A leading Greek think-tank on Wednesday said it had accepted a commission from the former chief of the Athens 2004 Olympics to study the event’s true cost, deemed the most expensive ever at the time.
"Ten years after the Games...(we are) undertaking a study into the imprint which the 2004 Olympics had on the Greek economy," the Foundation for Economic and Industrial Research (IOBE) said in a statement.
"Until now, there has been no detailed, scientific investigation of their overall impact," the state-supervised foundation said.
IOBE added that the study, to be released before the end of the year, was being commissioned by former Athens 2004 organising committee chief Gianna Angelopoulos-Daskalaki.
Marked by extensive delays that caused huge cost overruns, the Athens 2004 Olympics spearheaded a radical infrastructure makeover but also left behind a host of expensive sports venues that Greece never managed to fully utilise.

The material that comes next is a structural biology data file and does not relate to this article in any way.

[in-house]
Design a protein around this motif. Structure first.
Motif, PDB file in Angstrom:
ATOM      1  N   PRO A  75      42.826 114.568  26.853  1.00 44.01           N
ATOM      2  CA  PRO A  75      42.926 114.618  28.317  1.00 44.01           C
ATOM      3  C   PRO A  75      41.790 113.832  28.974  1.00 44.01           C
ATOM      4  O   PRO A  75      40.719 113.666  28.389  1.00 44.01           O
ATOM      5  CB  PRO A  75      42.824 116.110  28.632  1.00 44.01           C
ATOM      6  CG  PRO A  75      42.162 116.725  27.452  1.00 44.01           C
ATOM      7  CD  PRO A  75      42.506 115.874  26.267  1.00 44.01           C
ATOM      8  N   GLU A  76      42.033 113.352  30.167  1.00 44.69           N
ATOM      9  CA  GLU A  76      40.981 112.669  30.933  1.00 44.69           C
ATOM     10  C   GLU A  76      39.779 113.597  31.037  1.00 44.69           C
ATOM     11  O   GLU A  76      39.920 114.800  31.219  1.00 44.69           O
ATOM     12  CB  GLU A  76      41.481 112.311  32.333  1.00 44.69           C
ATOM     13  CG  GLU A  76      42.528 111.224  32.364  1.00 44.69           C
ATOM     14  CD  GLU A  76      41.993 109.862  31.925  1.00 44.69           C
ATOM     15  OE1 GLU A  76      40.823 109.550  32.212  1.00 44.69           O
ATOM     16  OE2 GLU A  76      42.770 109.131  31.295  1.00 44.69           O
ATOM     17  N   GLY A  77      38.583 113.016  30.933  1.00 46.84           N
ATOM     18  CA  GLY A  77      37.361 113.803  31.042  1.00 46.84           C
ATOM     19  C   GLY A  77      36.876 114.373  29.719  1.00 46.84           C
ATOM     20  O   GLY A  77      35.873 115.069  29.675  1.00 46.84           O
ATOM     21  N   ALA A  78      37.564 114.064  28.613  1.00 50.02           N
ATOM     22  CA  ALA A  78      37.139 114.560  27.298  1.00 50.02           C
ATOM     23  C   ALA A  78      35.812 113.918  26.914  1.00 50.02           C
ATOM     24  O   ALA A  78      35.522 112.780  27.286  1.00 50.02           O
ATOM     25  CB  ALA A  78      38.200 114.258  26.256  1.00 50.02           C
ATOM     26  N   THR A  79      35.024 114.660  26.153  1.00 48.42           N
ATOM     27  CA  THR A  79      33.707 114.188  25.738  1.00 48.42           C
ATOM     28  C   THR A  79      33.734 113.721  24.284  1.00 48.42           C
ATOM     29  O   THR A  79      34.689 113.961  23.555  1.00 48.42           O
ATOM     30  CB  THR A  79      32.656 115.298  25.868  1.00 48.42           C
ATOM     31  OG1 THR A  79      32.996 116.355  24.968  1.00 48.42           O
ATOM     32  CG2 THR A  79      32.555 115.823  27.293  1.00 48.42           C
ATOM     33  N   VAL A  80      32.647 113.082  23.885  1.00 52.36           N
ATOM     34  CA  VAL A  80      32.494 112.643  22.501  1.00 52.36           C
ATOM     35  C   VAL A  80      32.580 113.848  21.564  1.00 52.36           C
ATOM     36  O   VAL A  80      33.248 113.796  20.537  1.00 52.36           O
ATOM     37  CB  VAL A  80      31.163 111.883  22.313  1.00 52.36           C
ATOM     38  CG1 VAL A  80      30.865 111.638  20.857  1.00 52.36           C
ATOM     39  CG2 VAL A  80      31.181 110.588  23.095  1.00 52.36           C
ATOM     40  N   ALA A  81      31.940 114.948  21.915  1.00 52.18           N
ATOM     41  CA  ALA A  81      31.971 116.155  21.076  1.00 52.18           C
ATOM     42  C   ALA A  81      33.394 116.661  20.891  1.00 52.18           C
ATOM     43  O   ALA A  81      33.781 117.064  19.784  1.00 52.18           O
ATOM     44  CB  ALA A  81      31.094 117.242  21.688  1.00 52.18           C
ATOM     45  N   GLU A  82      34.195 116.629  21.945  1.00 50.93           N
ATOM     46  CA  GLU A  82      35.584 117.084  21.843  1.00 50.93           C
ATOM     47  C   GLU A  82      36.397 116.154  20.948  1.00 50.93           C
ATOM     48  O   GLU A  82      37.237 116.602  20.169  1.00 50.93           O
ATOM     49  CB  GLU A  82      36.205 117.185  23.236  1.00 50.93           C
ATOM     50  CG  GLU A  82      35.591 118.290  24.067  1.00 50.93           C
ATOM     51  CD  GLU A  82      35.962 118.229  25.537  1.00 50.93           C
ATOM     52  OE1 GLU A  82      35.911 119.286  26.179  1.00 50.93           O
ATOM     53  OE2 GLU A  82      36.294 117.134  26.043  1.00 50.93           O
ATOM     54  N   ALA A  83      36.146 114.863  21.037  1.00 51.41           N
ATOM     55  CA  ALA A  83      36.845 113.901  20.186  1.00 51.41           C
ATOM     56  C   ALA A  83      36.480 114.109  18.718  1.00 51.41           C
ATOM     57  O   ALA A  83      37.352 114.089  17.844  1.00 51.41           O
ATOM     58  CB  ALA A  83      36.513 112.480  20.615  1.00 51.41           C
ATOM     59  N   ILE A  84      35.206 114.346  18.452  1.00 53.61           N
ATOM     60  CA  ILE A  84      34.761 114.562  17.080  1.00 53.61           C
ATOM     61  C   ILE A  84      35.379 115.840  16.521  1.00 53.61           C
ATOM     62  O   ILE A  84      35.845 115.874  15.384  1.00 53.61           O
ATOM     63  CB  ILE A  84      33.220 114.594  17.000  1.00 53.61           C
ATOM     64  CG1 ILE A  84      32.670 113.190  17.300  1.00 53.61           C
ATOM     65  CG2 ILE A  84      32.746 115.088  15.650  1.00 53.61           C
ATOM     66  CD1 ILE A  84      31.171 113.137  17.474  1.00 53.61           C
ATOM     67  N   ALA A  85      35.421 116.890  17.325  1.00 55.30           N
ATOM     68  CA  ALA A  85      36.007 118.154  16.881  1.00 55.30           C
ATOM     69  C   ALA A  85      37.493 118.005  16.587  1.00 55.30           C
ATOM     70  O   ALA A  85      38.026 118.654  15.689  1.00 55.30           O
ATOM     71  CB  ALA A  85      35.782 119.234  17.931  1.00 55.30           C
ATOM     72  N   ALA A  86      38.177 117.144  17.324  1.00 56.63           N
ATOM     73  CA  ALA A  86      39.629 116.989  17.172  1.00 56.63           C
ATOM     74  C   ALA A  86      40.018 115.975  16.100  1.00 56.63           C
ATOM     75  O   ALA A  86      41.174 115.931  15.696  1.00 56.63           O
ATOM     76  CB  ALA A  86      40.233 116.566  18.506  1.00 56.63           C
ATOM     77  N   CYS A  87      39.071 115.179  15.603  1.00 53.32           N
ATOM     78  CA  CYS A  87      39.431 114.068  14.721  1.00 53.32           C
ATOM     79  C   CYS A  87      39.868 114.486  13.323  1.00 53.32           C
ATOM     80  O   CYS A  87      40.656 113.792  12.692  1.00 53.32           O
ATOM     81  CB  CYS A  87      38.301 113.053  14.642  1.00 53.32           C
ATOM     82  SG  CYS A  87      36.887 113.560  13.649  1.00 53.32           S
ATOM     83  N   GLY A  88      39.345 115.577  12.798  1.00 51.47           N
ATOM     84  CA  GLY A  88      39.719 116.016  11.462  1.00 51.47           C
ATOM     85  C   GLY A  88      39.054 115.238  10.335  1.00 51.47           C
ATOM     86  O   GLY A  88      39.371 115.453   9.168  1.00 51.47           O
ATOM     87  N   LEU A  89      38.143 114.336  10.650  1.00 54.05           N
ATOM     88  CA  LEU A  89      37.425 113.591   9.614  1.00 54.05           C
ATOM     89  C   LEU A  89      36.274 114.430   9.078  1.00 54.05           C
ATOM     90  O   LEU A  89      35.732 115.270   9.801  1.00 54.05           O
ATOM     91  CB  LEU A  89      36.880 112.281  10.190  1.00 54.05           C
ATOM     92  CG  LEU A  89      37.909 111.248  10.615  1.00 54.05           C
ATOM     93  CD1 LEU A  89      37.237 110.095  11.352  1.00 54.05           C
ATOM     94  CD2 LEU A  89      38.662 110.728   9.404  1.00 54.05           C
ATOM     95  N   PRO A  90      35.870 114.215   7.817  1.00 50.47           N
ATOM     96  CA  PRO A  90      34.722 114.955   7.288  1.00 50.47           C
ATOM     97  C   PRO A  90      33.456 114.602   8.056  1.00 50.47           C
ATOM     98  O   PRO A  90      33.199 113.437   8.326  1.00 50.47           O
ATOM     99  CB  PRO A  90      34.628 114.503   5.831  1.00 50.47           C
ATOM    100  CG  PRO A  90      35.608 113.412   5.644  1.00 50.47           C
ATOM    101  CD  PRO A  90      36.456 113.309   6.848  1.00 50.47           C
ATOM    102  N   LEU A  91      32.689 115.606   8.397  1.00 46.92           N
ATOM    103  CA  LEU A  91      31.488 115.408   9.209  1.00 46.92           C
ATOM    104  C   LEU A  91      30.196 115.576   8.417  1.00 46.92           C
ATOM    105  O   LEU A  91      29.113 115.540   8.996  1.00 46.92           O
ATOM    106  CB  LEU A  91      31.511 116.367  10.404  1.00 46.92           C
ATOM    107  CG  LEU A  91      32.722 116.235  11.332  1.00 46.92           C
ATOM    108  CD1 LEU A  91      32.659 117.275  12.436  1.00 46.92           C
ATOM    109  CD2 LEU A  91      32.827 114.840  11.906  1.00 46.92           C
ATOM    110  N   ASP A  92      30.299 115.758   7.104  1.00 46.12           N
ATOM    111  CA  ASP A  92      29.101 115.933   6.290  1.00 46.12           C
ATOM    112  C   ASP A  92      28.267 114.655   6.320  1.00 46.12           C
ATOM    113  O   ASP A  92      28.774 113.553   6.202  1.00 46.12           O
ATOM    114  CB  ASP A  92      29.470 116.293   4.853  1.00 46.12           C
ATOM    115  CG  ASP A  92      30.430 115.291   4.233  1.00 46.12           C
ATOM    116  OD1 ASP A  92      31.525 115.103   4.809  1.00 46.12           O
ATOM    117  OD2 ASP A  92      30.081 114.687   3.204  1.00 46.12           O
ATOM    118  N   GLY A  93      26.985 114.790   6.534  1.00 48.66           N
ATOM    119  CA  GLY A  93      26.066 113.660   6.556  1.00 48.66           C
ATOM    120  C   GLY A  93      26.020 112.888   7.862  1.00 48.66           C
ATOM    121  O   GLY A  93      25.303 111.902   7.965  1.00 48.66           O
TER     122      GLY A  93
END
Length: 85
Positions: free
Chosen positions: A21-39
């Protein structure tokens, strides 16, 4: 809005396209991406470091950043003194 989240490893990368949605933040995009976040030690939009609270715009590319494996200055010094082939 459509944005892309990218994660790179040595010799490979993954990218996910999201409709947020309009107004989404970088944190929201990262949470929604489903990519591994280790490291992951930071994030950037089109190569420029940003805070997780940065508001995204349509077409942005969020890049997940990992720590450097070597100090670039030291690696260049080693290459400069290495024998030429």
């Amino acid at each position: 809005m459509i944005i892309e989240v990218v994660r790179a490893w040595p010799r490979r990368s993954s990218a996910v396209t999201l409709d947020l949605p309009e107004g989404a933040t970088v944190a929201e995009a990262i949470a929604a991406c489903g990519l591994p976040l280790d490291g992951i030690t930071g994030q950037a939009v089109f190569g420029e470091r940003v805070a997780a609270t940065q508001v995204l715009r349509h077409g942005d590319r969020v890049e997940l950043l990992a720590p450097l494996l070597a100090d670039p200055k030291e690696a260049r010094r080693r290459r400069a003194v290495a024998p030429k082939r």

Last year, the finance ministry said 8.5 billion euros ($11.4 billion) had been spent on the Olympics, but the bill included non-sports infrastructure such as archaeological sites and hospitals.
The finance minister said out of that total, the sum of 2 billion euros had been covered by ticket sales, TV rights and sponsors.
However, the actual cost of the Games is believed to be around 13 billion euros, including an estimated one billion euros spent on security after the Al-Qaeda attacks on the United States in September 2001.
Greece nearly went bankrupt in 2010, and former International Olympic Committee chief Jacques Rogge in 2011 said the Games "played a part" in fueling the country’s enormous debt.
"If you look at the external debt of Greece, there could be up to two or three percent of that which could be attributed to the Games," Rogge told Kathimerini.
But the competition "could have been staged at a much lower cost, as there were delays that rendered double shifts necessary, and having people work at night does cost more," Rogge said at the time. [AFP]